Infrastructure policy of Donald Trump

From Wikipedia, the free encyclopedia
Jump to navigation Jump to search

The infrastructure policy of Donald Trump is one of the priorities of his administration. He considers the modernization of American infrastructure as an extension of his career as a real estate developer and a concrete item to add to his legacy as President.[2] He also views infrastructure investments as a tool to create jobs and to spur economic growth.[3] In this 2015 book Crippled America, he cites the Senate Budget Committee estimate that "rebuilding America will create 13 million jobs."[3] As early as May 2015, one month before launching his presidential campaign, Donald Trump expressed his desire to "fix" America's aging infrastructure.[2] He expressed concern about the state of American infrastructure on multiple occasions, drawing comparisons with other countries. For example, he stated that American passenger trains were slow compared to those in China and American airports to be dirty and dilapidated next to their counterparts from China, Saudi Arabia, or Qatar.[3][4] He acknowledged that modernizing American infrastructure was going to be expensive but argued that in the end, such an investment would pay for itself. In this regard, his position is in line with that of the Democratic Party. President Barack Obama and Vice President Joe Biden had themselves been advocating for more federal infrastructure spending.[3]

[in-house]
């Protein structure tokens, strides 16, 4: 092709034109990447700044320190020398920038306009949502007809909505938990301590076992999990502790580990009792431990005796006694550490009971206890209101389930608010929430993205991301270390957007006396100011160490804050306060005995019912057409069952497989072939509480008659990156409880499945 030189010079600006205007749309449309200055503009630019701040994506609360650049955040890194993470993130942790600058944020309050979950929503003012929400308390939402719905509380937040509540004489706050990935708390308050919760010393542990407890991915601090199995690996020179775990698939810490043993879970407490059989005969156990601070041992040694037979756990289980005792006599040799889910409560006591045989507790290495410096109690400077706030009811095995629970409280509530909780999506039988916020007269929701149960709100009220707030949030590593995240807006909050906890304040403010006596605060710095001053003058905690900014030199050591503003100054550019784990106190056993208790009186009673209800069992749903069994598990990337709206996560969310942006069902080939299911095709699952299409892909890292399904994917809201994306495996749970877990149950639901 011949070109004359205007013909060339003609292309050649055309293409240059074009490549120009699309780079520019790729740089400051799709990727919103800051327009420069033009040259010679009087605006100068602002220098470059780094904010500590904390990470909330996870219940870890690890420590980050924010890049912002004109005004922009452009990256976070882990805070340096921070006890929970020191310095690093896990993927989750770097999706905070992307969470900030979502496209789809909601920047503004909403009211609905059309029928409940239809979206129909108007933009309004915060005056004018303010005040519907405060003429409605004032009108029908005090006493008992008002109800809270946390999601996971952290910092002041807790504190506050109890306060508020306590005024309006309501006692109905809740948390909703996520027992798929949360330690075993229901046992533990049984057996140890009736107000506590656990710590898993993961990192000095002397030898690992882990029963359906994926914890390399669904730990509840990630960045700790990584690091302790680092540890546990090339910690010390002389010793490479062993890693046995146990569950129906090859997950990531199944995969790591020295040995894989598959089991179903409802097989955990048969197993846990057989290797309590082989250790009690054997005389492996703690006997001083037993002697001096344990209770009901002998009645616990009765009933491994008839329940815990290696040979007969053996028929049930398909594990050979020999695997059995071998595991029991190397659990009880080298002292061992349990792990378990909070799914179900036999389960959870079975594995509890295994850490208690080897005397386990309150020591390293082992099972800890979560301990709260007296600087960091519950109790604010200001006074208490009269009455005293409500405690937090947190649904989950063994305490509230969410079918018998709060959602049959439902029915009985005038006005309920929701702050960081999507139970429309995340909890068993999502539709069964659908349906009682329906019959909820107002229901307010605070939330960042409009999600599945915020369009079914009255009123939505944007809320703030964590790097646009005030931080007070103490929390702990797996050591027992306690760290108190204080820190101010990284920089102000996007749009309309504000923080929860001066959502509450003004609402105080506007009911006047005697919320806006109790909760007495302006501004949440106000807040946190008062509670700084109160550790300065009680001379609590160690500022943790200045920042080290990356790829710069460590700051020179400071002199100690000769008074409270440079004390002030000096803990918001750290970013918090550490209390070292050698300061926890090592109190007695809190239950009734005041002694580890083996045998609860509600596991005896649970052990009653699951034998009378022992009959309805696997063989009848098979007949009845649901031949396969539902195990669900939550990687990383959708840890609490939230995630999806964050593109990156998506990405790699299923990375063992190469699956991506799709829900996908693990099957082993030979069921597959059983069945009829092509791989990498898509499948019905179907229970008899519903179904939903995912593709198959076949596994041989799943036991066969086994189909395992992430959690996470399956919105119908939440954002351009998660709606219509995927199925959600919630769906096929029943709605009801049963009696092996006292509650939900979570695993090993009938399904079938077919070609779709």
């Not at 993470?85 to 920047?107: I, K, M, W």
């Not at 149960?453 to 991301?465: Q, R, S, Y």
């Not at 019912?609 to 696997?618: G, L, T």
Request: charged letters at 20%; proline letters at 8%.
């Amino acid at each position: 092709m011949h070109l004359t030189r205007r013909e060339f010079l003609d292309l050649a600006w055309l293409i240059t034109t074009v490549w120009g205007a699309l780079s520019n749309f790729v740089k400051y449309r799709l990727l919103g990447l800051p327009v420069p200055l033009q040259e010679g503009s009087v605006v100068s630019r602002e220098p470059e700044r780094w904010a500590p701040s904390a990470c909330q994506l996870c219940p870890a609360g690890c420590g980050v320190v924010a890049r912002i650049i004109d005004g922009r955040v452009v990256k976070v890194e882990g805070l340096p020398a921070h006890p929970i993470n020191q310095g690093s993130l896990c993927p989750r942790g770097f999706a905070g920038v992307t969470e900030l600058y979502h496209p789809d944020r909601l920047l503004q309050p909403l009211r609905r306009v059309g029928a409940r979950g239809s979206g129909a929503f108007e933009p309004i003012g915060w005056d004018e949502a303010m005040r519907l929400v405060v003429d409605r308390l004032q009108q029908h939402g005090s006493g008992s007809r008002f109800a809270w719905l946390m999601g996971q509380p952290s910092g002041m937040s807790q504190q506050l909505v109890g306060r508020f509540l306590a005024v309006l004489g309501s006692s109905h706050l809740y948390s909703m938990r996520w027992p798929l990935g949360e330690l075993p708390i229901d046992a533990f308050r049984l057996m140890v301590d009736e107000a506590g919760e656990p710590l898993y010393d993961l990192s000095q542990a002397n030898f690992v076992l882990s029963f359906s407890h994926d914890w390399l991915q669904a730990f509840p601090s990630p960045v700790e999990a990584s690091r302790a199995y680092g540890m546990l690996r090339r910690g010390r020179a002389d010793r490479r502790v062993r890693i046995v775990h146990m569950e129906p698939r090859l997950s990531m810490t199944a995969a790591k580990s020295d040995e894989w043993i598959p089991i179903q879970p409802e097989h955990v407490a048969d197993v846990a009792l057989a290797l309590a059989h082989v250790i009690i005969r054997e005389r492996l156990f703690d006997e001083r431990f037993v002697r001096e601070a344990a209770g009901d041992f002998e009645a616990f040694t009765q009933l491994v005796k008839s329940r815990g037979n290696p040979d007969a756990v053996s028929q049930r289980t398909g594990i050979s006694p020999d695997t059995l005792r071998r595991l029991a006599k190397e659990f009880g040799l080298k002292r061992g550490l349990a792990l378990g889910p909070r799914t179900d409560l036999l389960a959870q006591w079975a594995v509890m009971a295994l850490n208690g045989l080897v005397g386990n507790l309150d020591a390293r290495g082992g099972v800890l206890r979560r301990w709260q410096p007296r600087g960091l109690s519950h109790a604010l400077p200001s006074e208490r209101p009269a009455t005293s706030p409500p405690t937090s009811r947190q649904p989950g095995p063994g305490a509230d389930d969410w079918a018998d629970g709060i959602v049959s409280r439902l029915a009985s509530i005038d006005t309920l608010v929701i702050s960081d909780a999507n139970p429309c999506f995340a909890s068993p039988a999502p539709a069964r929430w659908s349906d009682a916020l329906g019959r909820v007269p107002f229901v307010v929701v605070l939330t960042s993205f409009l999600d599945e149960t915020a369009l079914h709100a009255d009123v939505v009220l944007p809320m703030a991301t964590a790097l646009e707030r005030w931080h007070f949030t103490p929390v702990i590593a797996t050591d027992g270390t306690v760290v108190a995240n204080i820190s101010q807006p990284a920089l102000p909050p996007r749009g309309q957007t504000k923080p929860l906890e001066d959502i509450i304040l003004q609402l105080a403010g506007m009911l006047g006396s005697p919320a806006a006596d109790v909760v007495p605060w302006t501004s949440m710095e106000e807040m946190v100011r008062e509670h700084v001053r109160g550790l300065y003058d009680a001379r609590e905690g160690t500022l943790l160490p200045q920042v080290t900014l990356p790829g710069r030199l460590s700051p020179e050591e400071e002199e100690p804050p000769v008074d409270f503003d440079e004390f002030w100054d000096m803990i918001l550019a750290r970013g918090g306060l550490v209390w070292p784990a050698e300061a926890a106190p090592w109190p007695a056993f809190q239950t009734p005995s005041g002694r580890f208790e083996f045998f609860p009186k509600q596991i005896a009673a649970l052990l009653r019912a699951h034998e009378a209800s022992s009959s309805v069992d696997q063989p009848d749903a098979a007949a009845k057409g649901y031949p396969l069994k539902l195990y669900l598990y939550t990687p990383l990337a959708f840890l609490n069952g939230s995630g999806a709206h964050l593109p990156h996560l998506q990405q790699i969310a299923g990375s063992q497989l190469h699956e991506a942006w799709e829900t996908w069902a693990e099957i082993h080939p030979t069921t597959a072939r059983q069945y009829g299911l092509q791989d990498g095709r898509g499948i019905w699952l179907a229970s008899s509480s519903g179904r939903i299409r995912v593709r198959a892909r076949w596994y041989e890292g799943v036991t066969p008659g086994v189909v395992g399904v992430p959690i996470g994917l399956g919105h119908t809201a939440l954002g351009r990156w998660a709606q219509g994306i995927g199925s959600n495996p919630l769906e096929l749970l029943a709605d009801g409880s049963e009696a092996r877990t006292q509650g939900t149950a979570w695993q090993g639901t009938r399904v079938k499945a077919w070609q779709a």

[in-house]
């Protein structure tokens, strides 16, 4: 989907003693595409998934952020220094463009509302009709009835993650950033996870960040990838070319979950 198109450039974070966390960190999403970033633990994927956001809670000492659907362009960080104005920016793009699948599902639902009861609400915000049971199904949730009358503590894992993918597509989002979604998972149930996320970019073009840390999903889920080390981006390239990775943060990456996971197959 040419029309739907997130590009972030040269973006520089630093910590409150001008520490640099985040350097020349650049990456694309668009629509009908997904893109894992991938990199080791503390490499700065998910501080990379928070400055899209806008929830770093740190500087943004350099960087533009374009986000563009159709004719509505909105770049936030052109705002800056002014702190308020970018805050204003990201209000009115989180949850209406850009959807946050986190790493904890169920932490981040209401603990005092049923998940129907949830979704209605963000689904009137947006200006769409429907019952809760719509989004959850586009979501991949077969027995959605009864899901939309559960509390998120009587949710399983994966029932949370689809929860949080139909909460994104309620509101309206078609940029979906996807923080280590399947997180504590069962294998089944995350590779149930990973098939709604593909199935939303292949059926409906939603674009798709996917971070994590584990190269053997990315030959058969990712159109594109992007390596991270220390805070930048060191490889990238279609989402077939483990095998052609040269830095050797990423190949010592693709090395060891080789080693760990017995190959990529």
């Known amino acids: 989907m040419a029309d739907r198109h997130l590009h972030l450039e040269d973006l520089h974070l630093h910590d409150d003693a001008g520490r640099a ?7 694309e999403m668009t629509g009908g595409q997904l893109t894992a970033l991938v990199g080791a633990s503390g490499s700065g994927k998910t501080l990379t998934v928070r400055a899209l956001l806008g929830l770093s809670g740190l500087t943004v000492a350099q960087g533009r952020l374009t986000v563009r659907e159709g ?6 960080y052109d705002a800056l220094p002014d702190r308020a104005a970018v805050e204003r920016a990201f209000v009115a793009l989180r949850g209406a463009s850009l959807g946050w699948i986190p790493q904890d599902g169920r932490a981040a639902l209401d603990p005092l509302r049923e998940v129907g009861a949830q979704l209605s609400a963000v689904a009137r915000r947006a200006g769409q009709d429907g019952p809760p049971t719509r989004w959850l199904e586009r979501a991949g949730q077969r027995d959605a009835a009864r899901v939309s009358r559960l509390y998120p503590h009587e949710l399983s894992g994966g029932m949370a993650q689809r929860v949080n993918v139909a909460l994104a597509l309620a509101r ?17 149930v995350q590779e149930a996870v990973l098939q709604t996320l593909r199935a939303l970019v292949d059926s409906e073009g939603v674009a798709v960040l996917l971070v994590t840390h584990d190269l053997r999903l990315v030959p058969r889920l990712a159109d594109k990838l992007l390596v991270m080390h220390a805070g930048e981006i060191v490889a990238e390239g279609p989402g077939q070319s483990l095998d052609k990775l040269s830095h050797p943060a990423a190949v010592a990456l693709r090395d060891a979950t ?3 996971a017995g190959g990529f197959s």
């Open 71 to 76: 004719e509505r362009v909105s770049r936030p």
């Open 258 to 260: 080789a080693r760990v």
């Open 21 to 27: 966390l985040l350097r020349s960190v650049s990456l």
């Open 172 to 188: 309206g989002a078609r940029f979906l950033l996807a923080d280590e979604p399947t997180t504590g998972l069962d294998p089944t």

On January 31, 2019, Trump issued an executive order encouraging the purchase of U.S.-made construction materials for public infrastructure projects, especially those that need funding from the federal government.[5] This followed his 2017 "Buy American, Hire American" executive order restricting the hiring of foreign workers and tightening standards for federal acquisitions. As of February 2019, Canadian officials were negotiating an exemption for their country.[6]